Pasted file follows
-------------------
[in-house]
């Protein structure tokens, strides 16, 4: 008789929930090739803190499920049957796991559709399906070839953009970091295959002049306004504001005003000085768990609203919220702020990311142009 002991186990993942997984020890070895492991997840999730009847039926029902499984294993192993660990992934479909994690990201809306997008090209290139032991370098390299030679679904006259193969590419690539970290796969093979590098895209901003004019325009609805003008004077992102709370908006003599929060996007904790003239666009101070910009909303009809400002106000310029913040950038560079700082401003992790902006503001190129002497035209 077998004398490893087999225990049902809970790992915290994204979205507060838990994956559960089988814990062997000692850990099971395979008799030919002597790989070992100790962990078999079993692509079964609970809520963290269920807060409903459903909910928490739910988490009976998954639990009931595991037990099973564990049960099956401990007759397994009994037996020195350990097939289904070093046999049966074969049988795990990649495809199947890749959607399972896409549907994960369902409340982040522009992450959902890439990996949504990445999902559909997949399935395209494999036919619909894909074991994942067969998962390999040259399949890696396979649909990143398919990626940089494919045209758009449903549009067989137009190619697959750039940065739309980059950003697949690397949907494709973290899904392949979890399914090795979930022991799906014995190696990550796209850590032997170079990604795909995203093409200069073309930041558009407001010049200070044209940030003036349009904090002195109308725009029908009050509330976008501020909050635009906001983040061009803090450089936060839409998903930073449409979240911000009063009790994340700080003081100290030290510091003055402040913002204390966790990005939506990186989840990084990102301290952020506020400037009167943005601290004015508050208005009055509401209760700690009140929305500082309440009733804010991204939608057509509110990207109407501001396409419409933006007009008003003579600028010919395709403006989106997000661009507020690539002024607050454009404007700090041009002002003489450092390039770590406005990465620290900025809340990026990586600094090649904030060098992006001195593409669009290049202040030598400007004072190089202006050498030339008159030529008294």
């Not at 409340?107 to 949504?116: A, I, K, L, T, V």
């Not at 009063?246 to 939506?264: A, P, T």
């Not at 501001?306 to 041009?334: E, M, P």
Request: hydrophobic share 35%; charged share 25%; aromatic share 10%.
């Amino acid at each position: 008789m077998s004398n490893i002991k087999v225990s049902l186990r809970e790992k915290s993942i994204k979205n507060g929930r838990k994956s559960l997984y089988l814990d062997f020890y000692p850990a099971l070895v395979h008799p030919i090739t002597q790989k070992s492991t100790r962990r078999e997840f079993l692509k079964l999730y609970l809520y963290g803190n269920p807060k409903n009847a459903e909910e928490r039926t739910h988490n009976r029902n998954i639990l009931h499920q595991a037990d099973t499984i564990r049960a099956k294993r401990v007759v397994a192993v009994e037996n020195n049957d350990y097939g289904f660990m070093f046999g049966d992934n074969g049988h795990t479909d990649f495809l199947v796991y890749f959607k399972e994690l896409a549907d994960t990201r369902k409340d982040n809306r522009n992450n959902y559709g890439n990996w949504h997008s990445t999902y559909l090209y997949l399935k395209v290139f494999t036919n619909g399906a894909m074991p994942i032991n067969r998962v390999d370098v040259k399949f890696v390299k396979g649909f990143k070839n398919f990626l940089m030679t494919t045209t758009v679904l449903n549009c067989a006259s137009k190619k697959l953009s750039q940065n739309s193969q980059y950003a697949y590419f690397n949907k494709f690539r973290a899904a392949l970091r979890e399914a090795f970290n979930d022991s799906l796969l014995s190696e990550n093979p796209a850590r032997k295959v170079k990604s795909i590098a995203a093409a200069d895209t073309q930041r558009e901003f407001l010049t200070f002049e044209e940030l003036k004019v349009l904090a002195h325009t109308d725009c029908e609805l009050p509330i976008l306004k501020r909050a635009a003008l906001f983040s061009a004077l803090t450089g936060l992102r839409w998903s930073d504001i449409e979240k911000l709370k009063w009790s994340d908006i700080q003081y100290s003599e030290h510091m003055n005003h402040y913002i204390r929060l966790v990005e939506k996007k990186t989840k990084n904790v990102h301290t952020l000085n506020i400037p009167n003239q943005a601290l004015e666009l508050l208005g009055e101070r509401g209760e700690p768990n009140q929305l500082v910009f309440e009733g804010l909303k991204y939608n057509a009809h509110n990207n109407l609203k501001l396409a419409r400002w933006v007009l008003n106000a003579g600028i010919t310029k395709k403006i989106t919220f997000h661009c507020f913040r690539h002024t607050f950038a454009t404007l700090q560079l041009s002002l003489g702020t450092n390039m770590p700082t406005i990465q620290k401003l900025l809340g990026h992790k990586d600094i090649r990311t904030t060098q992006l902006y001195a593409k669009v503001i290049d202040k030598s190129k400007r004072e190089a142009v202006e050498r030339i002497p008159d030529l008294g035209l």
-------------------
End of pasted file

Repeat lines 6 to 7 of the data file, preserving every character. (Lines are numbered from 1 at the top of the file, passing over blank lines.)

Request: hydrophobic share 35%; charged share 25%; aromatic share 10%.
């Amino acid at each position: 008789m077998s004398n490893i002991k087999v225990s049902l186990r809970e790992k915290s993942i994204k979205n507060g929930r838990k994956s559960l997984y089988l814990d062997f020890y000692p850990a099971l070895v395979h008799p030919i090739t002597q790989k070992s492991t100790r962990r078999e997840f079993l692509k079964l999730y609970l809520y963290g803190n269920p807060k409903n009847a459903e909910e928490r039926t739910h988490n009976r029902n998954i639990l009931h499920q595991a037990d099973t499984i564990r049960a099956k294993r401990v007759v397994a192993v009994e037996n020195n049957d350990y097939g289904f660990m070093f046999g049966d992934n074969g049988h795990t479909d990649f495809l199947v796991y890749f959607k399972e994690l896409a549907d994960t990201r369902k409340d982040n809306r522009n992450n959902y559709g890439n990996w949504h997008s990445t999902y559909l090209y997949l399935k395209v290139f494999t036919n619909g399906a894909m074991p994942i032991n067969r998962v390999d370098v040259k399949f890696v390299k396979g649909f990143k070839n398919f990626l940089m030679t494919t045209t758009v679904l449903n549009c067989a006259s137009k190619k697959l953009s750039q940065n739309s193969q980059y950003a697949y590419f690397n949907k494709f690539r973290a899904a392949l970091r979890e399914a090795f970290n979930d022991s799906l796969l014995s190696e990550n093979p796209a850590r032997k295959v170079k990604s795909i590098a995203a093409a200069d895209t073309q930041r558009e901003f407001l010049t200070f002049e044209e940030l003036k004019v349009l904090a002195h325009t109308d725009c029908e609805l009050p509330i976008l306004k501020r909050a635009a003008l906001f983040s061009a004077l803090t450089g936060l992102r839409w998903s930073d504001i449409e979240k911000l709370k009063w009790s994340d908006i700080q003081y100290s003599e030290h510091m003055n005003h402040y913002i204390r929060l966790v990005e939506k996007k990186t989840k990084n904790v990102h301290t952020l000085n506020i400037p009167n003239q943005a601290l004015e666009l508050l208005g009055e101070r509401g209760e700690p768990n009140q929305l500082v910009f309440e009733g804010l909303k991204y939608n057509a009809h509110n990207n109407l609203k501001l396409a419409r400002w933006v007009l008003n106000a003579g600028i010919t310029k395709k403006i989106t919220f997000h661009c507020f913040r690539h002024t607050f950038a454009t404007l700090q560079l041009s002002l003489g702020t450092n390039m770590p700082t406005i990465q620290k401003l900025l809340g990026h992790k990586d600094i090649r990311t904030t060098q992006l902006y001195a593409k669009v503001i290049d202040k030598s190129k400007r004072e190089a142009v202006e050498r030339i002497p008159d030529l008294g035209l």